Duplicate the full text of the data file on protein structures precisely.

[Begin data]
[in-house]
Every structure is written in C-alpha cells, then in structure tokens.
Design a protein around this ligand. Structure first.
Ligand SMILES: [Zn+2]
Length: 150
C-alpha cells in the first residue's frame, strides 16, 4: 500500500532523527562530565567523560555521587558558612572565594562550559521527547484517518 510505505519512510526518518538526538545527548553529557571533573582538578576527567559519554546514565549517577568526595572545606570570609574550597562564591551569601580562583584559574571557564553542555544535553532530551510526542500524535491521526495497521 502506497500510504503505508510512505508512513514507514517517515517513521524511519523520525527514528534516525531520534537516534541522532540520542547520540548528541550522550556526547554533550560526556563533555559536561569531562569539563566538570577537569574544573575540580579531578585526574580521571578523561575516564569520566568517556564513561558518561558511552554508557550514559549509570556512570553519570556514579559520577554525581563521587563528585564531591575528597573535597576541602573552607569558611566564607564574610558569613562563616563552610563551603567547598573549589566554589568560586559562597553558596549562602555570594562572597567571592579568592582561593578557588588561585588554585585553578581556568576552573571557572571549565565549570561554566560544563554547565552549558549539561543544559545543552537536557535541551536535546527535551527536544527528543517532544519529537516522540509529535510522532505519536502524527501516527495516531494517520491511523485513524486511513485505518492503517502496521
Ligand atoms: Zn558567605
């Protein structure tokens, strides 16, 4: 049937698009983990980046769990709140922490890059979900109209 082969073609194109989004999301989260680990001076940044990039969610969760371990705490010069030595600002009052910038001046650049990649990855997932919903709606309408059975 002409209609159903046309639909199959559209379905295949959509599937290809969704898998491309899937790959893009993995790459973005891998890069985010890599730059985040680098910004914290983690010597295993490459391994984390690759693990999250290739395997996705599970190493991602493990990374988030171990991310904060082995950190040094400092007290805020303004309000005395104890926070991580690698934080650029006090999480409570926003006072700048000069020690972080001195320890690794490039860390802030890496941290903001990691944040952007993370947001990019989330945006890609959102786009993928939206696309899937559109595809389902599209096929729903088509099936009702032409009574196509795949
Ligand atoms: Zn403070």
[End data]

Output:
[in-house]
Every structure is written in C-alpha cells, then in structure tokens.
Design a protein around this ligand. Structure first.
Ligand SMILES: [Zn+2]
Length: 150
C-alpha cells in the first residue's frame, strides 16, 4: 500500500532523527562530565567523560555521587558558612572565594562550559521527547484517518 510505505519512510526518518538526538545527548553529557571533573582538578576527567559519554546514565549517577568526595572545606570570609574550597562564591551569601580562583584559574571557564553542555544535553532530551510526542500524535491521526495497521 502506497500510504503505508510512505508512513514507514517517515517513521524511519523520525527514528534516525531520534537516534541522532540520542547520540548528541550522550556526547554533550560526556563533555559536561569531562569539563566538570577537569574544573575540580579531578585526574580521571578523561575516564569520566568517556564513561558518561558511552554508557550514559549509570556512570553519570556514579559520577554525581563521587563528585564531591575528597573535597576541602573552607569558611566564607564574610558569613562563616563552610563551603567547598573549589566554589568560586559562597553558596549562602555570594562572597567571592579568592582561593578557588588561585588554585585553578581556568576552573571557572571549565565549570561554566560544563554547565552549558549539561543544559545543552537536557535541551536535546527535551527536544527528543517532544519529537516522540509529535510522532505519536502524527501516527495516531494517520491511523485513524486511513485505518492503517502496521
Ligand atoms: Zn558567605
């Protein structure tokens, strides 16, 4: 049937698009983990980046769990709140922490890059979900109209 082969073609194109989004999301989260680990001076940044990039969610969760371990705490010069030595600002009052910038001046650049990649990855997932919903709606309408059975 002409209609159903046309639909199959559209379905295949959509599937290809969704898998491309899937790959893009993995790459973005891998890069985010890599730059985040680098910004914290983690010597295993490459391994984390690759693990999250290739395997996705599970190493991602493990990374988030171990991310904060082995950190040094400092007290805020303004309000005395104890926070991580690698934080650029006090999480409570926003006072700048000069020690972080001195320890690794490039860390802030890496941290903001990691944040952007993370947001990019989330945006890609959102786009993928939206696309899937559109595809389902599209096929729903088509099936009702032409009574196509795949
Ligand atoms: Zn403070």